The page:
CMA CGM and Port of Rotterdam have joined forces with IKEA Transport & Logistics Services and the GoodShipping Program to test and scale the use of sustainable marine biofuel oil.
On March 19, the test will be applied to the bunkering of the marine biofuel oil on a CMA CGM container vessel representing a major step towards the decarbonization of ocean freight.
“In a few days, we will be testing second-generation biofuel in one of CMA CGM’s vessels for the first time. Having an HFO-equivalent solution in biofuel oil available with no engineering or operational changes required to our vessel offers a safe, manageable and innovative opportunity to facilitate shipping’s wider transition to new fuel solutions,” Xavier Leclercq, Vice President, CMA Ships, commented.
GoodShipping Program is facilitating the test, a sustainable initiative was dedicated to decarbonising ocean freight, and is the latest step in the scaling of low carbon marine biofuel oils for wider commercial use within the maritime industry.
GoodFuels have been developed the sustainable marine biofuel oil after three years of intensive testing with marine engine manufacturers.
According to the formula of the second generation biofuel oil, it is completely derived from forest residues and waste oil products, expected to deliver 80-90% well-to-propeller CO2 reduction versus fossil equivalents and virtually eliminates sulphur oxide (SOx) emissions – all without any requirement for engine modifications.
All the parties aim to demonstrate the scalability, sustainability and technical compliance of sustainable marine biofuel oil, and thereby spur the wider continued development of realistic options to curb greenhouse gas and sulphur oxide emissions from shipping.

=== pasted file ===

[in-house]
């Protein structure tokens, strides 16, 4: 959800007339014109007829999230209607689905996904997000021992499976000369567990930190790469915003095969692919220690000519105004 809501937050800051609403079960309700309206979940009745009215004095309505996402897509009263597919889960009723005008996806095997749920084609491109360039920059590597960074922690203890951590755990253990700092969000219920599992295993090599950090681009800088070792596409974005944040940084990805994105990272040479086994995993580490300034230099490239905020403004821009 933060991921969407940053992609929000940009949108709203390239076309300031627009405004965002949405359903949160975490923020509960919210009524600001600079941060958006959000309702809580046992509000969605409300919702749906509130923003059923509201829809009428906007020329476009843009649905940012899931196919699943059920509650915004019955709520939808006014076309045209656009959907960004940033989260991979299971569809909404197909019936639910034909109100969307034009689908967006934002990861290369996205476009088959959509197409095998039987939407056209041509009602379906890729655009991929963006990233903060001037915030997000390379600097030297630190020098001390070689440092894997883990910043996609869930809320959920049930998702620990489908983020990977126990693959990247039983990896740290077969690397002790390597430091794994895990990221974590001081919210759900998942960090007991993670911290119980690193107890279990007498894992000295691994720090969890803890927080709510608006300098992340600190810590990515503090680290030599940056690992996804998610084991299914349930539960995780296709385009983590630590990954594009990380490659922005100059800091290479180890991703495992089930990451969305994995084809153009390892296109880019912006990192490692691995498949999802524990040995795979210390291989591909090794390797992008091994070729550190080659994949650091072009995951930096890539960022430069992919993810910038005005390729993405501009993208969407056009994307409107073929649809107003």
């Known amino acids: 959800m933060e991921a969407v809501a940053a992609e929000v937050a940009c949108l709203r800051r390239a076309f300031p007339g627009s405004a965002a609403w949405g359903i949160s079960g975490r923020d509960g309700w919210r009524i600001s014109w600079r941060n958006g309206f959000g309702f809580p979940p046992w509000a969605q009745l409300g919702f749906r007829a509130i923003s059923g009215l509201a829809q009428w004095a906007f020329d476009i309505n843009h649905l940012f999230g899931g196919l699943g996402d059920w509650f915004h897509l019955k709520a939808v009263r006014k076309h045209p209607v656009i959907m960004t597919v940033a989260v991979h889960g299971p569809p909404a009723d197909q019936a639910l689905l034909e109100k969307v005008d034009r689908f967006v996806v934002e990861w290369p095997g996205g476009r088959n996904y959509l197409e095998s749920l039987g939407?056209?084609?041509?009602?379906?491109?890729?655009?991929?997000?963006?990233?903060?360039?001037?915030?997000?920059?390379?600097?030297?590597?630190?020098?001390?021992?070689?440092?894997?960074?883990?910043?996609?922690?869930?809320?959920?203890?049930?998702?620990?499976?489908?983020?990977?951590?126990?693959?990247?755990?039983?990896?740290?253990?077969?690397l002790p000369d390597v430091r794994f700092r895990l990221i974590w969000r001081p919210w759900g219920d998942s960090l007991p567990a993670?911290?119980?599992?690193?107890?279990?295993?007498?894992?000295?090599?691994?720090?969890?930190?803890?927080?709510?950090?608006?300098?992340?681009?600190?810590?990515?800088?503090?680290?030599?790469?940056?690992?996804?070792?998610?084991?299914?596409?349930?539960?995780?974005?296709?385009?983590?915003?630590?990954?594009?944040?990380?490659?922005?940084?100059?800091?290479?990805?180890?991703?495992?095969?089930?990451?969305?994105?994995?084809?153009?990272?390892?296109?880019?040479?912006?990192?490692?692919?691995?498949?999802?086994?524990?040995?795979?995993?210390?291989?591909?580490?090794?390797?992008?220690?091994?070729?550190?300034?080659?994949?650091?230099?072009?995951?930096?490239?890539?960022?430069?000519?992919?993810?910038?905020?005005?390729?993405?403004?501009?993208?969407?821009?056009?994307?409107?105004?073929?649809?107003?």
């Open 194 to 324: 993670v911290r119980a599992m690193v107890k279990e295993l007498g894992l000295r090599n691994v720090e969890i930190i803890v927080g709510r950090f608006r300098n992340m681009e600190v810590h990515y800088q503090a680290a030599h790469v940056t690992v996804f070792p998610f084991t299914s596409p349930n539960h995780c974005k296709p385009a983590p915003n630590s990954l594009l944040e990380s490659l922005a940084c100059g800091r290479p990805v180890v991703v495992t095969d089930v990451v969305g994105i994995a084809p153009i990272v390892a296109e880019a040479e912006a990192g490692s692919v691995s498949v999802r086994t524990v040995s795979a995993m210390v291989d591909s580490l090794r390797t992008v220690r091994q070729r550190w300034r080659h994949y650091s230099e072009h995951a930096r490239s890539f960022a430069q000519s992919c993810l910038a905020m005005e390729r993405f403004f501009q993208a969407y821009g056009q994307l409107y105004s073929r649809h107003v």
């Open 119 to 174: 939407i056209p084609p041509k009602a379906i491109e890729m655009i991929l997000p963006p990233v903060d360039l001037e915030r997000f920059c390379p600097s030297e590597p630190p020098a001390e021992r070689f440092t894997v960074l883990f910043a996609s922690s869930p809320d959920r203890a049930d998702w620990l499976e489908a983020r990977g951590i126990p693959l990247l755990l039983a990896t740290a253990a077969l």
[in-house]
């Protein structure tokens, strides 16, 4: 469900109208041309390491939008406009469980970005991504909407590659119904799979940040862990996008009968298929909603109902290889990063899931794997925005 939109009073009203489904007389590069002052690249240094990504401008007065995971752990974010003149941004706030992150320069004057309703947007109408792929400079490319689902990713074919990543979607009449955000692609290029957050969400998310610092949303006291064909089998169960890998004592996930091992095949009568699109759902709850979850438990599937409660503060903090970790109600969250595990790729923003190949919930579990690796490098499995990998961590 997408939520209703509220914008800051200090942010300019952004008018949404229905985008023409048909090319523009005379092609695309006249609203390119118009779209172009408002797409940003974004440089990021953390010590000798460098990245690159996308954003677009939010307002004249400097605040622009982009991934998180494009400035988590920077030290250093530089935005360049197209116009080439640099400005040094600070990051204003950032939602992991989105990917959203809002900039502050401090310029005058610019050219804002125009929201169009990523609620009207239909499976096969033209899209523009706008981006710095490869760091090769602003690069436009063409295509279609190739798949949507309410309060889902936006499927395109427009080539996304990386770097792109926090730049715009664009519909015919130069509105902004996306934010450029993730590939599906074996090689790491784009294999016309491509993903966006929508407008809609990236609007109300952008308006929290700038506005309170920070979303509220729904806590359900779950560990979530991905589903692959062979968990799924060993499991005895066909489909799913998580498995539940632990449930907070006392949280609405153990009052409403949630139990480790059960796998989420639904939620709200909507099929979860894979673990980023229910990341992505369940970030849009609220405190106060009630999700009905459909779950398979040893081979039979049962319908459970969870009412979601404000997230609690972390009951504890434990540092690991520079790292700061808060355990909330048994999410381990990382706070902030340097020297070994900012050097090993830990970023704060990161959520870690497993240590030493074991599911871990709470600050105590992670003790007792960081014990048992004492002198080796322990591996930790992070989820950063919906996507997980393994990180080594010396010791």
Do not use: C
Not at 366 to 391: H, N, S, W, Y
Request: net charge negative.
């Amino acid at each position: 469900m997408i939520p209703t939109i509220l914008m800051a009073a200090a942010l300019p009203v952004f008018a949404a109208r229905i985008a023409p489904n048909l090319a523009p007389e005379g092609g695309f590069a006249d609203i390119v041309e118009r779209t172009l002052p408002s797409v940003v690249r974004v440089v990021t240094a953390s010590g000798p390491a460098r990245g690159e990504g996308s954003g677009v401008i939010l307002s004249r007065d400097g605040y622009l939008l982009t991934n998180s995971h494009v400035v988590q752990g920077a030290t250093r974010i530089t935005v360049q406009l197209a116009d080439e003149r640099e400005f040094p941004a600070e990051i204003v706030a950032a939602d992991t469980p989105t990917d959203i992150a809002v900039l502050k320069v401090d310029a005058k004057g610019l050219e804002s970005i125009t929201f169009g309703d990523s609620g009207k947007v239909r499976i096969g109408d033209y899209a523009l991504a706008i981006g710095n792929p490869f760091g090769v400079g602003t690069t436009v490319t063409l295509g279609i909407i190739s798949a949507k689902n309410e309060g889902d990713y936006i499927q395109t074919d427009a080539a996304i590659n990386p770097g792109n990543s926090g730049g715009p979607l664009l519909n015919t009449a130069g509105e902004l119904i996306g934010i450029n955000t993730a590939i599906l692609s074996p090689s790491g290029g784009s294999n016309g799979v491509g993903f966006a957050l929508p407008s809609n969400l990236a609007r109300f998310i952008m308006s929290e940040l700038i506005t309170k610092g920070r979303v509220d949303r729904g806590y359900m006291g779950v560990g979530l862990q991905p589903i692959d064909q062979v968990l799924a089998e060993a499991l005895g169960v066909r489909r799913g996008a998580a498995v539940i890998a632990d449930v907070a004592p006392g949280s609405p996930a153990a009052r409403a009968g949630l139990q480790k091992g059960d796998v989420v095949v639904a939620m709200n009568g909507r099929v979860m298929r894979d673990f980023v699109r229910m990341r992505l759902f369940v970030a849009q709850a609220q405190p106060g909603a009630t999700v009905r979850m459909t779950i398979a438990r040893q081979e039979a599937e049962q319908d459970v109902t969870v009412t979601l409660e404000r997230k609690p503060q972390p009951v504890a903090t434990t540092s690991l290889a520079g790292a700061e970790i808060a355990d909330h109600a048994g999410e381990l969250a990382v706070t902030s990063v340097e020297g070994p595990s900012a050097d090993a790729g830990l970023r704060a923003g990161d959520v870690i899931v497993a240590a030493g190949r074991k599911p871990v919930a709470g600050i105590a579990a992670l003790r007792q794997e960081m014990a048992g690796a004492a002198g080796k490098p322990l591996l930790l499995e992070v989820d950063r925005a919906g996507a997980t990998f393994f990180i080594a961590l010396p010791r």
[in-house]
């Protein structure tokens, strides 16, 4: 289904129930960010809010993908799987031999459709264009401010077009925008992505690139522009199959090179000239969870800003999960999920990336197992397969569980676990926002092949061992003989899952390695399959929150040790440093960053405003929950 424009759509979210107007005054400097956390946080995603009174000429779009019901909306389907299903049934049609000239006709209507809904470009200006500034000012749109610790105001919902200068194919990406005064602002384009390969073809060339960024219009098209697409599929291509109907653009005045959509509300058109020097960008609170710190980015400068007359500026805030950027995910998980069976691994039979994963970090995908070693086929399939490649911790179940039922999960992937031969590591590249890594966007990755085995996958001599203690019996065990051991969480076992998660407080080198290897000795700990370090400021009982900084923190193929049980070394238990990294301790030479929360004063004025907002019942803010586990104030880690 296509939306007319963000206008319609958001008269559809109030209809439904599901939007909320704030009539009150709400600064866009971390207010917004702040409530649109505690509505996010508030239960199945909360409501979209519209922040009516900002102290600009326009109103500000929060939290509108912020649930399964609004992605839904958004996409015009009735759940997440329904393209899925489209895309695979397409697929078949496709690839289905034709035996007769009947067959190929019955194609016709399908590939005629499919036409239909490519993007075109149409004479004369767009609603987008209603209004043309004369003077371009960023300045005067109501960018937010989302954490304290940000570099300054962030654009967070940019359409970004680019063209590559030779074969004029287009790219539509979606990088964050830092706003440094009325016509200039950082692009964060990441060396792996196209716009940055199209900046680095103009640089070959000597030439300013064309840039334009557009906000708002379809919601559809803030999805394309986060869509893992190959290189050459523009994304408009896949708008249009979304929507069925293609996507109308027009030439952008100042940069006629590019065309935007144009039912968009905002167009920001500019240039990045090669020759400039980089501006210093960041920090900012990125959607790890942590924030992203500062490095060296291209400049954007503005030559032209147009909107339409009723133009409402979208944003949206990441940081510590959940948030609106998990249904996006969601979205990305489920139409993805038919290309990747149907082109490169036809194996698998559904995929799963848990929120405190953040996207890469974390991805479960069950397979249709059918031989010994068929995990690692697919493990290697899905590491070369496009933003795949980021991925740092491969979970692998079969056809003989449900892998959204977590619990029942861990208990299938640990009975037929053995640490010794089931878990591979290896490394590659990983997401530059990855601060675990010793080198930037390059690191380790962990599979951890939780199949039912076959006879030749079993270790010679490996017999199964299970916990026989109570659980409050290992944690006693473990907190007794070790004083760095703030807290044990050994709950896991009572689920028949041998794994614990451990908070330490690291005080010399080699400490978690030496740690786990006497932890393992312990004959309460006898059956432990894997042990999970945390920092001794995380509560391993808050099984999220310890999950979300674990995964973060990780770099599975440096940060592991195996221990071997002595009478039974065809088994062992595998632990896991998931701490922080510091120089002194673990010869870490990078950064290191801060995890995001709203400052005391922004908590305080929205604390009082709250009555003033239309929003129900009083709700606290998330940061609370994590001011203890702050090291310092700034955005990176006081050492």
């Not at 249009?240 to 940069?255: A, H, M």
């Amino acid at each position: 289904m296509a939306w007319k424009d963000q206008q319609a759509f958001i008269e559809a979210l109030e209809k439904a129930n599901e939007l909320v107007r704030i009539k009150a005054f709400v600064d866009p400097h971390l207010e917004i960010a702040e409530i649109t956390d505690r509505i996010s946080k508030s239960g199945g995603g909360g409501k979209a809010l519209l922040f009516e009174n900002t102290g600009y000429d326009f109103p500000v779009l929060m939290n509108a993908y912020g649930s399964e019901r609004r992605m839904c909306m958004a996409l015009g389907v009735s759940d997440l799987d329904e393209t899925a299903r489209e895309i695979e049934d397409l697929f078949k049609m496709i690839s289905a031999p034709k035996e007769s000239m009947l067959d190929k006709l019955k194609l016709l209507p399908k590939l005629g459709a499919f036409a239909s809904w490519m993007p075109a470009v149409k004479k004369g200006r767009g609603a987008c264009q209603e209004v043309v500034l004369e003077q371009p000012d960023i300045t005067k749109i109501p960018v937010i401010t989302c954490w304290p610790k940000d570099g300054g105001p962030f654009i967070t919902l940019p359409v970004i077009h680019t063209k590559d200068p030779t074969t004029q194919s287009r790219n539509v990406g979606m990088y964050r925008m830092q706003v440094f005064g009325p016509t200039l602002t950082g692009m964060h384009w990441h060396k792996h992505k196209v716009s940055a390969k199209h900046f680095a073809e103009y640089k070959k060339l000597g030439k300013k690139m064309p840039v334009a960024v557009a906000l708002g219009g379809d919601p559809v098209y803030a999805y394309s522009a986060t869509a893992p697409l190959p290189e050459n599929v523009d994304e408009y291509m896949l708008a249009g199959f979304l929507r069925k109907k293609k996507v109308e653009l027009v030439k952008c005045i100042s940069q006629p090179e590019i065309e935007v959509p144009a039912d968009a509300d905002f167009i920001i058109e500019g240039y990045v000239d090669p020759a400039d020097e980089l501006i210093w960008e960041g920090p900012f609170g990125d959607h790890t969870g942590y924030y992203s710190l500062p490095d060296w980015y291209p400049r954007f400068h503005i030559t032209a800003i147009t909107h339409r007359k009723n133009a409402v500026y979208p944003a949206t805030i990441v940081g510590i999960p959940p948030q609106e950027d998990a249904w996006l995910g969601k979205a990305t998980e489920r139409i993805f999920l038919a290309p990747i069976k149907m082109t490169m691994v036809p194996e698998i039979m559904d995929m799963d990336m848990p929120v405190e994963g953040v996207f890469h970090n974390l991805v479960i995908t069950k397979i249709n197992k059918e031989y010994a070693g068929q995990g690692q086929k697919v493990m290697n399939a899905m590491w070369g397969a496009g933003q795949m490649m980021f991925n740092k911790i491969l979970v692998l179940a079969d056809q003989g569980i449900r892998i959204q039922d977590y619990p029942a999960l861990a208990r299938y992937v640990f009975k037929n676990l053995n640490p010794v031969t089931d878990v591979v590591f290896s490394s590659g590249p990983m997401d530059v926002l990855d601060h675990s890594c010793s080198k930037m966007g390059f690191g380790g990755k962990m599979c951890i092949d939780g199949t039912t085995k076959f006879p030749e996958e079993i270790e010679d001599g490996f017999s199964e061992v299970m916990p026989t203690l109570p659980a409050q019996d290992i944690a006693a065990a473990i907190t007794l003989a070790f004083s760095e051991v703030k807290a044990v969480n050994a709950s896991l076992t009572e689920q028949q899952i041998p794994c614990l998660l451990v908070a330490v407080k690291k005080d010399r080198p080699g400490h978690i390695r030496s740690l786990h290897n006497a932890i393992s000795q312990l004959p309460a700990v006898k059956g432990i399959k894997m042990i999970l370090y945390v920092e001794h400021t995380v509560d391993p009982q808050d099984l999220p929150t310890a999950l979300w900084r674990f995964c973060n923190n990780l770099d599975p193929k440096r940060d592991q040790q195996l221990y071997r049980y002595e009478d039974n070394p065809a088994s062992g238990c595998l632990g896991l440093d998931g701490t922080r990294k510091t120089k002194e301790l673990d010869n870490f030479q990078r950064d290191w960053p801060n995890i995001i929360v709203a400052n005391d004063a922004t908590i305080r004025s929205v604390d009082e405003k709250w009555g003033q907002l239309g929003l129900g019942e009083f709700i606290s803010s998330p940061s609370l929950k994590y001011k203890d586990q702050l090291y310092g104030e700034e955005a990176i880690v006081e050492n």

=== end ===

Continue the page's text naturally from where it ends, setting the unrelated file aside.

“The aim of our program has always been not only to reduce carbon emissions from shipping, but to show that the means to accelerate the energy transition are already available for the sector to grasp. Together we send a very clear message: sustainable biofuels are ready today, and we can meet the pathways laid out by the IMO in a manner that is attractive to major cargo owners such as IKEA,” Dirk Kronemeijer, CEO, The GoodShipping Program, pointed out.
“The Port of Rotterdam considers this initiative by IKEA, CMA CGM and GoodShipping to be a strong rallying cry to the shipping industry. This bunkering shows that decarbonisation of sea trade is well achievable. It’s clear that shippers play an important role in decarbonising the industry,” Allard Castelein, CEO, Port of Rotterdam, noted.
“In Rotterdam the necessary infrastructure is available. Besides that, to support these kind of initiatives, we have just started a four year period during which we have EUR 5 million to spend on stimulating specific projects to reduce carbon dioxide emissions from the global shipping industry,”Castelein continued.
This announcement comes at a time when the shipping sector is at a crossroads, with owners and operators required to switch to low sulphur fuels by 2020.
Nowadays the shipping sector is at a crossroads, according to the International Maritime Organisation (IMO) Greenhouse Gas (GHG) reduction requirements, including an objective to reduce average carbon intensity from shipping – the amount of carbon emitted for each unit of transport – by at least 40% by 2030, and 70% by 2050.